The Florence Nightingale Museum in central London has become one of the first museums in the UK to announce its indefinite closure as a result of the Covid-19 pandemic.
In a statement this week, the independent museum confirmed that it is closing for the “foreseeable future” and will undergo a major restructure in order to safeguard its collections. A consultation on the restructure has begun with the museum’s 13 members of staff.
The institution said: “This review is designed to protect the museum’s collections and the institution for the long term. If changes are not made now, the museum will become financially insolvent before markets recover and visitors return in significant numbers.”
The museum, which is based in St Thomas’s Hospital and tells the story of Florence Nightingale and the history of nursing, is proposing to retain three posts to care for the collection and engage with the public while it is closed.
It hopes to continue allowing public access during this period, and is intending to run open days and school visits when it is possible to do so. It is also continuing to offer digital content during lockdown, and will take part in an upcoming digital festival on the medical history of the London Bridge area.
Director David Green told Museums Journal that the museum had been considering the possibility of indefinite closure since the early days of the crisis. It incurred financial losses after investing heavily in celebrations for the 2020 bicentenary of Florence Nightingale’s birth and the International Year of the Nurse and Midwife.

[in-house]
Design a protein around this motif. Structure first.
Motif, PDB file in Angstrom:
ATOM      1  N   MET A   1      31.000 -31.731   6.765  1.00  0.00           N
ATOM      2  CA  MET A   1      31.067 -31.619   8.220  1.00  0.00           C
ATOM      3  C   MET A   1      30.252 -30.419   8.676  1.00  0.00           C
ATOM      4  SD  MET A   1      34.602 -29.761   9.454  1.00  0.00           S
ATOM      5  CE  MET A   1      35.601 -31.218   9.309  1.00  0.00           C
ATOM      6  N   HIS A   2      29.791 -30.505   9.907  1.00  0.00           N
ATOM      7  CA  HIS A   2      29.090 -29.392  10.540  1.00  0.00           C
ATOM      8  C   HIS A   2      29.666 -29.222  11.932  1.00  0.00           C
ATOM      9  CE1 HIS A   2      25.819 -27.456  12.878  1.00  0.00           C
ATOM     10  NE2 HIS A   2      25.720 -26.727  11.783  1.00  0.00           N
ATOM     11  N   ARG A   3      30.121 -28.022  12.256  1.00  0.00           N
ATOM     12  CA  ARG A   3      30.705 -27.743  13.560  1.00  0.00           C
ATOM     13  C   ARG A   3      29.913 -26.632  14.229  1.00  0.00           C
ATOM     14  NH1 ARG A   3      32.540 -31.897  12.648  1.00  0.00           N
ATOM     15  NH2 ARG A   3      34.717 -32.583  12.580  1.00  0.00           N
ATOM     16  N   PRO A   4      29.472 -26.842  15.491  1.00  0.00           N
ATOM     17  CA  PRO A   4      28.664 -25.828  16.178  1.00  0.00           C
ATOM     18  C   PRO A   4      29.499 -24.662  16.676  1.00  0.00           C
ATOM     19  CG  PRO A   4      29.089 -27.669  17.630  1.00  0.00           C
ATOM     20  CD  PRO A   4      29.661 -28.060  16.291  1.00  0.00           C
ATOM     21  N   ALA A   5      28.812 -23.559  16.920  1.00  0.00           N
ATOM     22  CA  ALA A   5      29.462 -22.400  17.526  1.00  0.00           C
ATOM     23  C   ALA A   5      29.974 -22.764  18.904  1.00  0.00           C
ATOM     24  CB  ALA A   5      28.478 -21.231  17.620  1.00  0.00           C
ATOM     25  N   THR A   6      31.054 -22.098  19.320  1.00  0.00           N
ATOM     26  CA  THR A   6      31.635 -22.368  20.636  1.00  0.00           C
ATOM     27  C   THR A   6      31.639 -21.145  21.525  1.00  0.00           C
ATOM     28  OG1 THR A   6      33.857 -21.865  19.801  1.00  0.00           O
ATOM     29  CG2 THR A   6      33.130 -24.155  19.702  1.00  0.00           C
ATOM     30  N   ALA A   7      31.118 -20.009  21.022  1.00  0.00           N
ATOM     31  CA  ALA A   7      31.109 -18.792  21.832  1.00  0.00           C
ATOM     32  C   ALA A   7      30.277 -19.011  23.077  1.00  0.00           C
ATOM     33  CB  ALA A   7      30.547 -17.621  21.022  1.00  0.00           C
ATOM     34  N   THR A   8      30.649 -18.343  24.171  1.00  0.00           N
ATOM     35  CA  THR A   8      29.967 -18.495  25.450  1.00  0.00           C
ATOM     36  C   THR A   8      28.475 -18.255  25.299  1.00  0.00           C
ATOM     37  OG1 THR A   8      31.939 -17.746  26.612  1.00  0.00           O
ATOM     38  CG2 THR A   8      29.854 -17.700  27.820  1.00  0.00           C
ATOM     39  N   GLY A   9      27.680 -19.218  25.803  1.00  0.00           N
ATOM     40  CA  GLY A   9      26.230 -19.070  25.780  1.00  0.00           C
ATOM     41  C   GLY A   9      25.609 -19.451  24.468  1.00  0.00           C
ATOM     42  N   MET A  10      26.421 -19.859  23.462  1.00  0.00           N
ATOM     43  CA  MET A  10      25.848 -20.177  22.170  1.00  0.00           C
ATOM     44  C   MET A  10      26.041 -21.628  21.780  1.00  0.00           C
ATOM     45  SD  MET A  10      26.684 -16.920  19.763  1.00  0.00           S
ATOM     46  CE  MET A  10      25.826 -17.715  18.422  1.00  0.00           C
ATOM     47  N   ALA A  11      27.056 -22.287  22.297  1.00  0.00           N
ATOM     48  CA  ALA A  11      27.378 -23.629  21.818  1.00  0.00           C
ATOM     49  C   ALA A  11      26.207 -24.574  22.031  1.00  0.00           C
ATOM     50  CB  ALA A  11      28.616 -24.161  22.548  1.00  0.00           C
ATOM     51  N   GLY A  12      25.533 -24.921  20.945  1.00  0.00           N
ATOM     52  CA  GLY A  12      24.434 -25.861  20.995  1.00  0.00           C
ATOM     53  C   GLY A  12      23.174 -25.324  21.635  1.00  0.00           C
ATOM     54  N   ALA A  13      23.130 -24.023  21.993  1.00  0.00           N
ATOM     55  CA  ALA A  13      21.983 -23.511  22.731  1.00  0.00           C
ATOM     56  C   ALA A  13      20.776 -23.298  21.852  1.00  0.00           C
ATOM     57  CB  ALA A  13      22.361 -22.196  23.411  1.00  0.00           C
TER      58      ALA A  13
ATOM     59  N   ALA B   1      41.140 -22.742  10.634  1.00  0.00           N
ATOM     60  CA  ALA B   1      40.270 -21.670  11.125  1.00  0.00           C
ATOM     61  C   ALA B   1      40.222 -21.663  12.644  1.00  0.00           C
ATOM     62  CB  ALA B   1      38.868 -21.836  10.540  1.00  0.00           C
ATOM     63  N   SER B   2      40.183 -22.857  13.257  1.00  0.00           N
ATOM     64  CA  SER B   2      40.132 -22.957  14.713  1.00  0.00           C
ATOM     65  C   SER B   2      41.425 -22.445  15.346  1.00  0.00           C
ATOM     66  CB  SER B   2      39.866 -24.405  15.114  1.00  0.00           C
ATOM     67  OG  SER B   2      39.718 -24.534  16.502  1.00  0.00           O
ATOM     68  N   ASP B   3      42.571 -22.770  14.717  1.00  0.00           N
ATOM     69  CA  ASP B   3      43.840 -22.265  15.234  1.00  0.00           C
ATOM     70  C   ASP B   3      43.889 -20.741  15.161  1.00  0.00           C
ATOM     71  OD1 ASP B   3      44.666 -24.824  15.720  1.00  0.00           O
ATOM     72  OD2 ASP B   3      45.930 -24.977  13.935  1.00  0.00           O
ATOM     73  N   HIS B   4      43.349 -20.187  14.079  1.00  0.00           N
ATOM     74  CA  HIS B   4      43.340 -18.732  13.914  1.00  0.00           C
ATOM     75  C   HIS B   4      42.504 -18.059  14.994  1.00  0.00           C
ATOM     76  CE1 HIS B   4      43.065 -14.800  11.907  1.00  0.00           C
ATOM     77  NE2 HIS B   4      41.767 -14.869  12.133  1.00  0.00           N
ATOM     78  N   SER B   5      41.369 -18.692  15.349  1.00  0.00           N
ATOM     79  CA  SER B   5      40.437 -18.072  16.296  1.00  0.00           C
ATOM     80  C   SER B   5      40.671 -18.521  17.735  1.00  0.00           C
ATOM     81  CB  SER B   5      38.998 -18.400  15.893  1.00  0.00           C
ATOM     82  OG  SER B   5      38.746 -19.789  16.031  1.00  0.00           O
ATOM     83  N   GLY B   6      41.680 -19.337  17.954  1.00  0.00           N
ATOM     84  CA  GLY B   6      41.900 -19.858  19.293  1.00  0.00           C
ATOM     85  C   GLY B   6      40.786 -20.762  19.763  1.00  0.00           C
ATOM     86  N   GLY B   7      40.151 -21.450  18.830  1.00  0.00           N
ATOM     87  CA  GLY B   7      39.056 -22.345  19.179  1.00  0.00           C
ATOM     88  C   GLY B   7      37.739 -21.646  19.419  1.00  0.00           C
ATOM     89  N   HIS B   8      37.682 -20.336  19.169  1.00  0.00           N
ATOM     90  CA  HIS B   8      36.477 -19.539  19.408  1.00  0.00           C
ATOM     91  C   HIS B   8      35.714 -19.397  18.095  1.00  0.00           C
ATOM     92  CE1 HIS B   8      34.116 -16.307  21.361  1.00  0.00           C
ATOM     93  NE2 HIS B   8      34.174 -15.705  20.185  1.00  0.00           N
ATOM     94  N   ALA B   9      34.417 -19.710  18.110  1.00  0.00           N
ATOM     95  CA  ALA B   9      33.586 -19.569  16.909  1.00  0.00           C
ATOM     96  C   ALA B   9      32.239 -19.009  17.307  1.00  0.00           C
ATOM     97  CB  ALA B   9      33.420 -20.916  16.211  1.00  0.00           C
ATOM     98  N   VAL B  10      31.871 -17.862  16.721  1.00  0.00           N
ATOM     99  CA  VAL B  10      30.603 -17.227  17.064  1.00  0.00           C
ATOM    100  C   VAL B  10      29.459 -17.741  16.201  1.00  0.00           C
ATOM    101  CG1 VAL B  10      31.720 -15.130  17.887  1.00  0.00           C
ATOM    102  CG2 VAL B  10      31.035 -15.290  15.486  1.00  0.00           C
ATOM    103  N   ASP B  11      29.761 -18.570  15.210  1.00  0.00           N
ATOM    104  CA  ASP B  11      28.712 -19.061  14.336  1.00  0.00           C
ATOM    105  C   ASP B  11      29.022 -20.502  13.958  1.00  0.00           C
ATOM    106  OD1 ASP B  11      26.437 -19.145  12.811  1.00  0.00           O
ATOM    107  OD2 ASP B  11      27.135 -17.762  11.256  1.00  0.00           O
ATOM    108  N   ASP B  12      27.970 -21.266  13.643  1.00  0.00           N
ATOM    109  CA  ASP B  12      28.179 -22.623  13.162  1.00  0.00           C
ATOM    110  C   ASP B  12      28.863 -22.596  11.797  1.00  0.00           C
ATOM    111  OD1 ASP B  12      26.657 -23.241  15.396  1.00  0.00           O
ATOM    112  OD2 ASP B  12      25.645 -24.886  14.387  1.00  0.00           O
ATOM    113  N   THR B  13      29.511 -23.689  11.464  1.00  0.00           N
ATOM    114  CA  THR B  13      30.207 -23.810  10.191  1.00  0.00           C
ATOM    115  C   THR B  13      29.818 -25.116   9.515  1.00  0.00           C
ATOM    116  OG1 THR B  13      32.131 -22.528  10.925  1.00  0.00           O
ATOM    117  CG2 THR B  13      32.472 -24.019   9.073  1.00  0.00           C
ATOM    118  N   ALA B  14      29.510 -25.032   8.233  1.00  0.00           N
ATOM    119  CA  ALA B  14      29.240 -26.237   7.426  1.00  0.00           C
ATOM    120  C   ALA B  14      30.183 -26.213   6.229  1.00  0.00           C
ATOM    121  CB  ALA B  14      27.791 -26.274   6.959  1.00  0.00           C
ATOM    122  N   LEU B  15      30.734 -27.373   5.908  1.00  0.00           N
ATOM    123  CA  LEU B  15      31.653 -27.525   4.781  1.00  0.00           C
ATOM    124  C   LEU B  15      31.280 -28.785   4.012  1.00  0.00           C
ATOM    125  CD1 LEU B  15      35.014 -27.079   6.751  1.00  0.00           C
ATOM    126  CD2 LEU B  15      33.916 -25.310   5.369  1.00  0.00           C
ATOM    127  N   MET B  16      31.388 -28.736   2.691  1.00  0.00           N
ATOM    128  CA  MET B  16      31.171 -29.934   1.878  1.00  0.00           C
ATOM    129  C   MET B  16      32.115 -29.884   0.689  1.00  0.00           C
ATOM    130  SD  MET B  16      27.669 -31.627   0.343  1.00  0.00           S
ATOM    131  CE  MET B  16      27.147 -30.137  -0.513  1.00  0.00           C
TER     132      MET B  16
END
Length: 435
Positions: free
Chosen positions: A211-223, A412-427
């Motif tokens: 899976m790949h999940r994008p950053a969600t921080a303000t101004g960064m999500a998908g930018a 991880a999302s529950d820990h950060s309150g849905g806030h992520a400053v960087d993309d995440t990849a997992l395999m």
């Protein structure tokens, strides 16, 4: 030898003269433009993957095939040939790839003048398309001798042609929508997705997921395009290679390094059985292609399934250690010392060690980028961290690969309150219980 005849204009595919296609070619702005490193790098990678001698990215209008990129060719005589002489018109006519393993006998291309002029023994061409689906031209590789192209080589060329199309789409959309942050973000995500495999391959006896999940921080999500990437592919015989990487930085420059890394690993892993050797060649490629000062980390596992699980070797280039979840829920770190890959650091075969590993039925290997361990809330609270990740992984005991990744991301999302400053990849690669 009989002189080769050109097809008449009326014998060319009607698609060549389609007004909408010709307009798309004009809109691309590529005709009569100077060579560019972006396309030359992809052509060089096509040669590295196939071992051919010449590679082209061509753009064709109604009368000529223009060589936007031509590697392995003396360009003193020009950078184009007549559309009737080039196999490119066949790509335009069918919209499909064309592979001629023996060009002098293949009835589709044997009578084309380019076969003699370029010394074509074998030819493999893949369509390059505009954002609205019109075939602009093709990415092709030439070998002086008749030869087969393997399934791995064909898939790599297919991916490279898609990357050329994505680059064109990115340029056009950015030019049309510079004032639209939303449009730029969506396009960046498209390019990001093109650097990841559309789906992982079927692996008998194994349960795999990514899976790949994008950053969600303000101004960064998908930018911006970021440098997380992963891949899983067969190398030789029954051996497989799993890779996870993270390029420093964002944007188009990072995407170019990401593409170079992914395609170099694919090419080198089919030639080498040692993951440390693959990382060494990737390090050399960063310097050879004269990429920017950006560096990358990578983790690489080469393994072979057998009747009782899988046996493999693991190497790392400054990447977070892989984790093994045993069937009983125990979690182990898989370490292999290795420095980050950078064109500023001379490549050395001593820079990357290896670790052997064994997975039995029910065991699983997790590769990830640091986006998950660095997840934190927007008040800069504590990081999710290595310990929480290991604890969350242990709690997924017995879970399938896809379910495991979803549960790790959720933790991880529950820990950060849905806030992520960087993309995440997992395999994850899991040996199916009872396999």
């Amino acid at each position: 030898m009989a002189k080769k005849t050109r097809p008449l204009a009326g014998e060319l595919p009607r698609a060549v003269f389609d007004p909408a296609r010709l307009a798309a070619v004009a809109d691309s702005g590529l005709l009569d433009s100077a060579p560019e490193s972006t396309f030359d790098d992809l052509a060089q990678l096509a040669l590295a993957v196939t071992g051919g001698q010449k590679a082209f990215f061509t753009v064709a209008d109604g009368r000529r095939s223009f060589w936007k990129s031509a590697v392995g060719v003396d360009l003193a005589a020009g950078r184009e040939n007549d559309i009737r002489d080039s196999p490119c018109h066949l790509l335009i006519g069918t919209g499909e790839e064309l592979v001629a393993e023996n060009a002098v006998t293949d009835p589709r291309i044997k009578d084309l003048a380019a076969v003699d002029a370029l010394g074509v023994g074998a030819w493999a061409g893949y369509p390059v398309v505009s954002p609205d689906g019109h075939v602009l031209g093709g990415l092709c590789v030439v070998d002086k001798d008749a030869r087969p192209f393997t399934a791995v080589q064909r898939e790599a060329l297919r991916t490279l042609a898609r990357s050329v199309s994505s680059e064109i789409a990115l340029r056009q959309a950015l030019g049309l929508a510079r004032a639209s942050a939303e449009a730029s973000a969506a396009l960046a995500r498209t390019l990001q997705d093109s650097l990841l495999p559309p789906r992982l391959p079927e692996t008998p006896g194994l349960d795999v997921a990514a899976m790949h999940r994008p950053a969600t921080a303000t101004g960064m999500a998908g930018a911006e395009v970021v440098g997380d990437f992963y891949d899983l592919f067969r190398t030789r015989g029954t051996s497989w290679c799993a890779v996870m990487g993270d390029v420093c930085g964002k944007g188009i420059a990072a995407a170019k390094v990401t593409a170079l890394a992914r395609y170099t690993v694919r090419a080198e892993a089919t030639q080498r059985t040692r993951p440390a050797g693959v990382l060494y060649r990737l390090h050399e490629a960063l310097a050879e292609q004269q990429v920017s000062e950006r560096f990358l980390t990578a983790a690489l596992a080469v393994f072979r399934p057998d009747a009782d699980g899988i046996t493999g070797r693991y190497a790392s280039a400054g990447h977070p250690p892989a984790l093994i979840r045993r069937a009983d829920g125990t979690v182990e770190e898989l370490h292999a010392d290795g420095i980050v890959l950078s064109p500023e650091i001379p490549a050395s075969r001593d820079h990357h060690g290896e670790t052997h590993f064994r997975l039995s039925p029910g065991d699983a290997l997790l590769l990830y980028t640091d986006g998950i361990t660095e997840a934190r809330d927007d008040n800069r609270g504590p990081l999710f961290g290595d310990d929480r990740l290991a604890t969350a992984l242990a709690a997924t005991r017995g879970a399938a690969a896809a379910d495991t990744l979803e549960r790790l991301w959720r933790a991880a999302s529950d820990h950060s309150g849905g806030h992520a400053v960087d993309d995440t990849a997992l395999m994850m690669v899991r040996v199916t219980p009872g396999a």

“Covid struck at the worst possible time for us,” Green said. “We invested in new kit and our new exhibition was in place for just three weeks before lockdown, but we have not had the return.”
The museum relies on visitors for around 95% of its income, but after reopening after lockdown last August, Green said it soon became clear that the venue would not be able to attract enough visitors during the pandemic to remain financially viable.
The loss of the museum’s international audience base – previously around 65% of its visitors – has been compounded by a reluctance among local visitors to come due to its hospital location and medical subject matter, and the fact that it is difficult to reach without using public transport.
The museum is in a small, poorly ventilated basement and also had to severely limit visitors numbers to ensure social distancing. It had been considering plans to relocate to a more suitable venue before Covid, and Green said this would be looked at as part of the restructure.
The museum has successfully applied for emergency funding from Arts Council England, the National Lottery Heritage Fund and the Art Fund, but Green said any attempt to reopen in the coming months would just be “prolonging the inevitable”.
“There’s no evidence that we’re going to be anything like normal by June,” said Green. “The lockdown announced this week means we’re starting to feel really vindicated for taking a safety-first approach. We’ve spent 12 months rejuggling spreadsheets, now we need to get some headspace to see a way forward.”
It is anticipated that the closure period will last at least 18 months. “By then hopefully we will start to see the recovery, but it’s impossible to predict at the moment,” said Green.
The museum is due to recruit new trustees this year and Green said this would offer an opportunity to consider its long-term vision and explore how it can reinvent its business model for the post-Covid world.
The museum has received numerous messages of support from the international medical community since the closure was announced, said Green. “Although it’s is very painful, in a weird way I feel positive about the future as there’s such an interest in Nightingale and in nursing. But it’s just not clear yet how we get there.”